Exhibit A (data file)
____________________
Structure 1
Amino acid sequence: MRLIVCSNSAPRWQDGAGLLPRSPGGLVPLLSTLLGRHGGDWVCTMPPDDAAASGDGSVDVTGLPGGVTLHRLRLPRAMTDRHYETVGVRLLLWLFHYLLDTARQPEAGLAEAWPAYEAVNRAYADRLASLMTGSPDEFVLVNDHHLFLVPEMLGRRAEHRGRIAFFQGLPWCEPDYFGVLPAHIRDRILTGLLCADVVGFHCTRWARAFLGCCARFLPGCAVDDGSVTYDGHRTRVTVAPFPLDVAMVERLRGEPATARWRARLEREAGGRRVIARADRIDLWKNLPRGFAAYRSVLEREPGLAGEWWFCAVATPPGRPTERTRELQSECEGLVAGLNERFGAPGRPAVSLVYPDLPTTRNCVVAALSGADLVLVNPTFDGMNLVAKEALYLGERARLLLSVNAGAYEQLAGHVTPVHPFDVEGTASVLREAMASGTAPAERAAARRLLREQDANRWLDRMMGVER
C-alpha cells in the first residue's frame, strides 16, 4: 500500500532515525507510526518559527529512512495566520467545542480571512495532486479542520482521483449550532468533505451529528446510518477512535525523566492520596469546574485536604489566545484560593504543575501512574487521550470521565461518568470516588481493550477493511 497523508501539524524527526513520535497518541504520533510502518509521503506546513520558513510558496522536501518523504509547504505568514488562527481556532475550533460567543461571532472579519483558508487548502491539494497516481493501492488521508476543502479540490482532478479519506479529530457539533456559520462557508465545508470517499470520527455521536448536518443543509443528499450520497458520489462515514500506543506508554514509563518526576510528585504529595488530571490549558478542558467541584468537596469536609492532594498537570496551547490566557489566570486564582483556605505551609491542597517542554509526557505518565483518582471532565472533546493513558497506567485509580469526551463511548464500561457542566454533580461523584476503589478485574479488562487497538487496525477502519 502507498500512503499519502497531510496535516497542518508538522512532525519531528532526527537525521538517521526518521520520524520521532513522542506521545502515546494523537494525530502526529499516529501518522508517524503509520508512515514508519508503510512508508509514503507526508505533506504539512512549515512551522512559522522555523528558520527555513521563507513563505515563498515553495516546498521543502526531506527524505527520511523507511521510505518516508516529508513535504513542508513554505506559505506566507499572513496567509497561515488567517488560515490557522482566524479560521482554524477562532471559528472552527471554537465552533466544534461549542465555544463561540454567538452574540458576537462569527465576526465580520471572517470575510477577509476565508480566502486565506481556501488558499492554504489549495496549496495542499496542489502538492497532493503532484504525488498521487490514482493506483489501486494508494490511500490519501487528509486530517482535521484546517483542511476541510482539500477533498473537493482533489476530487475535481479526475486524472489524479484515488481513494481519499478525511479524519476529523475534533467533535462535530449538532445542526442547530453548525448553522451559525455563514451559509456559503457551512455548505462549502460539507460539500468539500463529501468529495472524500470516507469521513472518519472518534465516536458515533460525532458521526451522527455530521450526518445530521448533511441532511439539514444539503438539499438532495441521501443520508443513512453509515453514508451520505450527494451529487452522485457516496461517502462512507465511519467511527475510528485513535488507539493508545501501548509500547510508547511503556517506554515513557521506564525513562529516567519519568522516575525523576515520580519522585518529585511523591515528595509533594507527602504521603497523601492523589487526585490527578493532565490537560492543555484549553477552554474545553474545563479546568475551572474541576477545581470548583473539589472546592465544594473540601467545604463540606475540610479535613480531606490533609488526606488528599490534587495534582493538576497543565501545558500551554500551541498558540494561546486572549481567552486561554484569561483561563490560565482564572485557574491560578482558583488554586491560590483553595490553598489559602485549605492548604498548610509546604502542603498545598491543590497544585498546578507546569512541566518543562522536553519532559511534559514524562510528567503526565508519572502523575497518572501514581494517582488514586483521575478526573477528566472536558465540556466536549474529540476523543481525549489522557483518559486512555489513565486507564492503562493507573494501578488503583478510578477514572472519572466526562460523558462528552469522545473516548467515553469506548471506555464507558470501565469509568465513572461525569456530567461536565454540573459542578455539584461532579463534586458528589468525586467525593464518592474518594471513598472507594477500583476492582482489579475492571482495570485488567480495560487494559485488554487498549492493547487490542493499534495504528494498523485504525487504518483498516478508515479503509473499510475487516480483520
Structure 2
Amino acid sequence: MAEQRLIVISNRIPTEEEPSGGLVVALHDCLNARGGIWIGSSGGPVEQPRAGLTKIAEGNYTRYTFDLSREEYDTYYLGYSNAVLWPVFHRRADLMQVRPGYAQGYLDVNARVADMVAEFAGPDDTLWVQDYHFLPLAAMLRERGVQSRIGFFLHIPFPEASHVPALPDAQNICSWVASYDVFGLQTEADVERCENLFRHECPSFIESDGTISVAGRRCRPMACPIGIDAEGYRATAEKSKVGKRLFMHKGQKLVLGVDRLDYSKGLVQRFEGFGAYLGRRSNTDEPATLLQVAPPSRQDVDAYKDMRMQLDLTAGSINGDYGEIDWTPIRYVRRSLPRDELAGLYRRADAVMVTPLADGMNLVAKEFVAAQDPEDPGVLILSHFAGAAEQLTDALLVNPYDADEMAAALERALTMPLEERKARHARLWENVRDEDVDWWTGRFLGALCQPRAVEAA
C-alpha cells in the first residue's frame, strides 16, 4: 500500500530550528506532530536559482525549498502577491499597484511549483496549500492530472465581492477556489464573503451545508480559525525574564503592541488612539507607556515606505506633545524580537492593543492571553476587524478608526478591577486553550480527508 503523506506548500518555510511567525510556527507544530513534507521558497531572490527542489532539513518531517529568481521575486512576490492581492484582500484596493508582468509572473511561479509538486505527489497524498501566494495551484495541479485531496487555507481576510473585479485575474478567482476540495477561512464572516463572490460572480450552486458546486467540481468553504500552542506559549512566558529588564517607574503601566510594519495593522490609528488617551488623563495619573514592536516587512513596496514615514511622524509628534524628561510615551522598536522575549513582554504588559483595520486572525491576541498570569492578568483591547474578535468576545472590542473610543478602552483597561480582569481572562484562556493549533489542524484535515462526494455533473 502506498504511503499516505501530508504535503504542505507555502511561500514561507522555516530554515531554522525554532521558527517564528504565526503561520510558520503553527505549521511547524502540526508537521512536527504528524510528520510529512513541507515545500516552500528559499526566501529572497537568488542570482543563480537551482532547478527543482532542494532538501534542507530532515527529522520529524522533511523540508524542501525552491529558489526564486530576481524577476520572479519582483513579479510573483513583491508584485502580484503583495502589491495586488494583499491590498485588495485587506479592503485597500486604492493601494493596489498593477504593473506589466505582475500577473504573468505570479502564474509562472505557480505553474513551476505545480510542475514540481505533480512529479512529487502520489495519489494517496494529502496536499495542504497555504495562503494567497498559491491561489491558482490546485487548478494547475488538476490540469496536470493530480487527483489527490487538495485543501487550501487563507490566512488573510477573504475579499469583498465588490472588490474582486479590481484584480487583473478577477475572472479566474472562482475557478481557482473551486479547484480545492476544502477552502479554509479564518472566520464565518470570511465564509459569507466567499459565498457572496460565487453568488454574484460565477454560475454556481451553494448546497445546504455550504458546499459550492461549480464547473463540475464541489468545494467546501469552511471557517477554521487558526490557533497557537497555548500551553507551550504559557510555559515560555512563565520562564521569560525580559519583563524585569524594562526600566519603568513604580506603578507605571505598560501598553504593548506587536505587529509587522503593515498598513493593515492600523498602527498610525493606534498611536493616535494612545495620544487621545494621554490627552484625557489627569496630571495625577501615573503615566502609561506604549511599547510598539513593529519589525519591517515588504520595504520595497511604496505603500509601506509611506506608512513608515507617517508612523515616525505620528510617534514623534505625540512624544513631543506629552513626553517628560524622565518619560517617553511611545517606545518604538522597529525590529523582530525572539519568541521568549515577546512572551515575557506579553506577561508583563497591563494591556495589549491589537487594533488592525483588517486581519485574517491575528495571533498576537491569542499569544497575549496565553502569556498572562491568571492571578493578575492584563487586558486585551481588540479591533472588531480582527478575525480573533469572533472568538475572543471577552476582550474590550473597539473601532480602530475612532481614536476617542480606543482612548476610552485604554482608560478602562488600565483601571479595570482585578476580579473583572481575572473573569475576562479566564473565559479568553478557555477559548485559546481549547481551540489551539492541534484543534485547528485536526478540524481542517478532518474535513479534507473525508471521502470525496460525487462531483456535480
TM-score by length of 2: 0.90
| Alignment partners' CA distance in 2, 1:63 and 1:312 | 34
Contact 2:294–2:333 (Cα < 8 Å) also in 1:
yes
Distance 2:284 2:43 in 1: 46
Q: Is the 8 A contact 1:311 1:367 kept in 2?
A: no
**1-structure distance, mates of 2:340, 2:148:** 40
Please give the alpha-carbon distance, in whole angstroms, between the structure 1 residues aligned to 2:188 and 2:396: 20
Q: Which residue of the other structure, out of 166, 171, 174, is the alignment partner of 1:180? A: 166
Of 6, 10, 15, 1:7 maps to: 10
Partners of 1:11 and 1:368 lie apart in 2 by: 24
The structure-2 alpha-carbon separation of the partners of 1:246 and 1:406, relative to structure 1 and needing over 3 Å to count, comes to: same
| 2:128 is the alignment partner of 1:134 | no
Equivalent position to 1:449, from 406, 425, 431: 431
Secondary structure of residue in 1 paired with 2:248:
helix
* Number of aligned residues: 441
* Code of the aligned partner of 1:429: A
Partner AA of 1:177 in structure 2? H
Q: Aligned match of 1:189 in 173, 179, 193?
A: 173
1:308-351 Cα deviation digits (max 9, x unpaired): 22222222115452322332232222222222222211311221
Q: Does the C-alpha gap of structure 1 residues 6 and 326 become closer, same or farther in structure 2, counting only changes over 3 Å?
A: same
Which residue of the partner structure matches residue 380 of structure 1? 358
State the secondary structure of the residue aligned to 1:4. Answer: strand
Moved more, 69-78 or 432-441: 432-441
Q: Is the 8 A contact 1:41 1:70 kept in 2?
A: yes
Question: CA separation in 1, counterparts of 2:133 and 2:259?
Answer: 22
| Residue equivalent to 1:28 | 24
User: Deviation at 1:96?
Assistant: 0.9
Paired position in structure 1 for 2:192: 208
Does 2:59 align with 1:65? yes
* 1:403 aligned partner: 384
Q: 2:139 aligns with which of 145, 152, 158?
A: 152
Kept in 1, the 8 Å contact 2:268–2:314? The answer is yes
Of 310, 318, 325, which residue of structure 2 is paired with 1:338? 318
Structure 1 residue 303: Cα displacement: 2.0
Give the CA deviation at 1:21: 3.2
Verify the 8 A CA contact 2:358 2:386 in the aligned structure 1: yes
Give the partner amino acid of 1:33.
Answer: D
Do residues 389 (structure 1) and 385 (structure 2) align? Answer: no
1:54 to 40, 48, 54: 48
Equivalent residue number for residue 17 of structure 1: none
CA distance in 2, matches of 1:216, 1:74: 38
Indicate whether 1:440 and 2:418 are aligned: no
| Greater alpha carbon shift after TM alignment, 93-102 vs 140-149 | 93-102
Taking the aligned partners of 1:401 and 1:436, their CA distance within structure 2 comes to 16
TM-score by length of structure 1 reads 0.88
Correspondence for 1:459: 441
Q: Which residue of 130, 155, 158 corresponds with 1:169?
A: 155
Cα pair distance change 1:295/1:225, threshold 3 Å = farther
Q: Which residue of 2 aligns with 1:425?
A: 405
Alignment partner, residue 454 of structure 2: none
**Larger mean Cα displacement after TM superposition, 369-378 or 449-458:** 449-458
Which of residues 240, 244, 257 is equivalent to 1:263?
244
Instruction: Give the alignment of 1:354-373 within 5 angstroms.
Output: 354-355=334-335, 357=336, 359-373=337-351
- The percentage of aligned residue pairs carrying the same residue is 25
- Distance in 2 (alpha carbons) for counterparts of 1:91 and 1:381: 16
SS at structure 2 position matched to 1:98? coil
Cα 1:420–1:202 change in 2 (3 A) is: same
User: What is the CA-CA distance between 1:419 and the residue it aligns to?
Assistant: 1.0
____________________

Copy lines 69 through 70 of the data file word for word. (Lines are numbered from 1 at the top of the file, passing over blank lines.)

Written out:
**Larger mean Cα displacement after TM superposition, 369-378 or 449-458:** 449-458
Which of residues 240, 244, 257 is equivalent to 1:263?